Surely these words sounded strange or upside down to men and women who grew up in a occupied country, who were commonly mistreated by foreign soldiers, who were forced to be compliant to people they perceived as evil overlords, who were forced to pay homage and taxes to a King who not of their choosing.
Unlike the many Messiahs who had come before, these words of Jesus were not incitations to violent upheaval or the words of revolution.
I think Jesus would say that his words, while not a call to violence, were the most revolutionary words of all. Rather than violence, His words advocated unconditonal love and unbounded compassion and personal sacrifice.
He spent his ministry foretelling a kingdom that was coming into being. A Kingdom where God rules in love and where Kingdom subjects are focused on taking care of each other.
You see this teaching throughout the gospels, from that moment in Nazareth when Jesus says reads from Isaiah, “The Spirit of the Lord is upon me,
because he has anointed me
to bring good news to the poor.
He has sent me to proclaim release to the captives
and recovery of sight to the blind,
to let the oppressed go free
to proclaim the year of the Lord’s favor.” And then follows up the reading with the words, “Today, these words are fulfilled,”
And you see the teaching in those words from the cross on Friday, “Forgive them.”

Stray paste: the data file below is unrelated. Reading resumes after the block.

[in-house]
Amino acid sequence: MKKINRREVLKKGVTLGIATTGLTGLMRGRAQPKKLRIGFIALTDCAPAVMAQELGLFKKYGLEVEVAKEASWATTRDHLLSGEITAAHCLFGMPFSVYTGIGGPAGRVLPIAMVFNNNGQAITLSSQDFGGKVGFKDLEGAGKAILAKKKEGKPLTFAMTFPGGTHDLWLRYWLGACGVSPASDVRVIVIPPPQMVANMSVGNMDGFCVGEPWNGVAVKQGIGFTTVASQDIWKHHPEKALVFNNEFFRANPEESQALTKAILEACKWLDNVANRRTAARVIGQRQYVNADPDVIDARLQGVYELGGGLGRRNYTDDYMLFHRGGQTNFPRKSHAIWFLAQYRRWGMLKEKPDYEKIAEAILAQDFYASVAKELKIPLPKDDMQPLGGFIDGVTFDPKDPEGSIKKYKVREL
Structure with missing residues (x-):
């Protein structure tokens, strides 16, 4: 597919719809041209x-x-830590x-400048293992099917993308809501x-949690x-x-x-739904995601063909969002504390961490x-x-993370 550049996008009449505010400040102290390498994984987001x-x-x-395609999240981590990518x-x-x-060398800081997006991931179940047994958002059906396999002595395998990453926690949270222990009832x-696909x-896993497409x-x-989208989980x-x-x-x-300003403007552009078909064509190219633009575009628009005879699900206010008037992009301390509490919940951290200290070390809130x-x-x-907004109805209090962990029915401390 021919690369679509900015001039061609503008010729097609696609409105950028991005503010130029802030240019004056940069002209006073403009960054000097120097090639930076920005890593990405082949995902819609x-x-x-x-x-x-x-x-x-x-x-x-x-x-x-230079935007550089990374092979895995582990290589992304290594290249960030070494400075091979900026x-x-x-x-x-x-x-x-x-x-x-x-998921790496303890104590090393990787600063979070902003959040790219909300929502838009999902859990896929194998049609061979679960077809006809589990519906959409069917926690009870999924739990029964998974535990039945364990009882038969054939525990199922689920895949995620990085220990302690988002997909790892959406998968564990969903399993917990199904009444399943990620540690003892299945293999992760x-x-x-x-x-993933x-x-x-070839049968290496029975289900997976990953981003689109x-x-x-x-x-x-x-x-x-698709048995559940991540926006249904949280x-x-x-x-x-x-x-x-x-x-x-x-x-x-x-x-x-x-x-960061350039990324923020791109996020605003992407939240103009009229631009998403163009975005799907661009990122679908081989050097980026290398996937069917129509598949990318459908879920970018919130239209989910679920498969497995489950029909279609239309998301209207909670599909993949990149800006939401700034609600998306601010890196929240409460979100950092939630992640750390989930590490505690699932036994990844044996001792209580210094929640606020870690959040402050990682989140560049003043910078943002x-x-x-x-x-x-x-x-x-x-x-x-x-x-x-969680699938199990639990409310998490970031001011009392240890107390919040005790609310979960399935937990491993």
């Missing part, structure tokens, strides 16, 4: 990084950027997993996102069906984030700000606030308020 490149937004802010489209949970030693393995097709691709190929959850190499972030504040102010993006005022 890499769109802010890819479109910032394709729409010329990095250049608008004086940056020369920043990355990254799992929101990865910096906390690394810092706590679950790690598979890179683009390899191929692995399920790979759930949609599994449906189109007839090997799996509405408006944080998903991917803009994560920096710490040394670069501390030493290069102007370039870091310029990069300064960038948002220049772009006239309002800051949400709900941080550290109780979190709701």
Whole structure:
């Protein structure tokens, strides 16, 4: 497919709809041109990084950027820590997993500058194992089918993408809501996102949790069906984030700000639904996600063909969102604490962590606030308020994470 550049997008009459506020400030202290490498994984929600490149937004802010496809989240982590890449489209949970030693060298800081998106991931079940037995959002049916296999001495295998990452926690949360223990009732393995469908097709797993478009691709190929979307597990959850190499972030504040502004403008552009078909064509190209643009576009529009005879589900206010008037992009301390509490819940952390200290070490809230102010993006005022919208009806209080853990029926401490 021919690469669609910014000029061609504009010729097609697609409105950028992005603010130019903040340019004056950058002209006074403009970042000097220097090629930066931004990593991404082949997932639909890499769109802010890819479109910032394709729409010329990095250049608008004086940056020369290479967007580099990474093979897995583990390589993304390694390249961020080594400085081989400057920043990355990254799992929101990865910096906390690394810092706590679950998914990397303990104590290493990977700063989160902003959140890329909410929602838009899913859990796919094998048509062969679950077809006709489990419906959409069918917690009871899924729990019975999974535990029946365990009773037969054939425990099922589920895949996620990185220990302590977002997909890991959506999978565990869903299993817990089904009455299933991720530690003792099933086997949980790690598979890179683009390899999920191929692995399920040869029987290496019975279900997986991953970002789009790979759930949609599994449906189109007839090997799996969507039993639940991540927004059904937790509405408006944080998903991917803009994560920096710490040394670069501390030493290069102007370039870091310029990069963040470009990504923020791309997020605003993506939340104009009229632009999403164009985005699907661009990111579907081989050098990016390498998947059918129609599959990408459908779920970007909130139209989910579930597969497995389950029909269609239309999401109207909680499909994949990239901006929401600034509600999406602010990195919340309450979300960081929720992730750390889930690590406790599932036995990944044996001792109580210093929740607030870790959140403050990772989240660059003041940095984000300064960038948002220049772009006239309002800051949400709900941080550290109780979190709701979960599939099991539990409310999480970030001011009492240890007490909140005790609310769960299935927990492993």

All of Jesus’ life was dedicated to teaching a new way of living. The New is often rejected and those who were bound to keep the status quo the status quo responded to Jesus with violence and hate.
He became the target for their anger and their small mindedness.
Through a conspiracy involving church and state, Jesus was condemned and died as a sinner on a cross.
Interestingly, Jesus arrest, trial, and death gave him ample opportunity to practice what he preached, to put the Kingdom way on display.
Whereas the Messiahs who had come before stayed dead after their comeupins, Jesus remarkably came back to life.
Resurrection. Life back into his body. Standing before Mary. Walking with disciples on the road. Challenging the disciples to investigate his crucifixion wounds . Cooking fish for breakfast. Encouraging his disciples to continue the work- the work of love and grace.
Some call the resurrection a miracle.
Some call the resurrection a triumphal victory.
Some call the resurrection Salvific.
While all these things may be true, I call resurrection vindication.
Resurrection is vindication, not only of Jesus' personhood, but of his teaching- his way, one might call it the Kingdom way. You find its elements in the Sermon on the Mount, in parables and throughout Jesus’ life and ministry. And since this is Easter, and the Easter event means that Jesus’ teaching is worth hearing.
Let me try to sum up that teaching.
This is Jesus’ way …
Reflect God’s love, not just in words, but in every possible way.
Love people, even people who aren't lovable.
Live upside down and inside out- that’s the beatitude way.
Serve rather than be served.
Treat people with respect- the way you want to be treated.
Quit judging what you don’t know and haven’t experienced.
Reject vengeance and retaliation.
Embrace strangers, the left behind, the bullied, the outcast, the untouchable.
Care about the poor, the hungry, the disposesssed, the under-resourced.
Don’t be fair, be generous.
Glow with God's grace.
Wash some feet.
Quit worrying about accumulating stuff.
Don’t put things above people.
Give people a break.
Pick up the leftovers.
Keep your eyes open.
Keep your head up.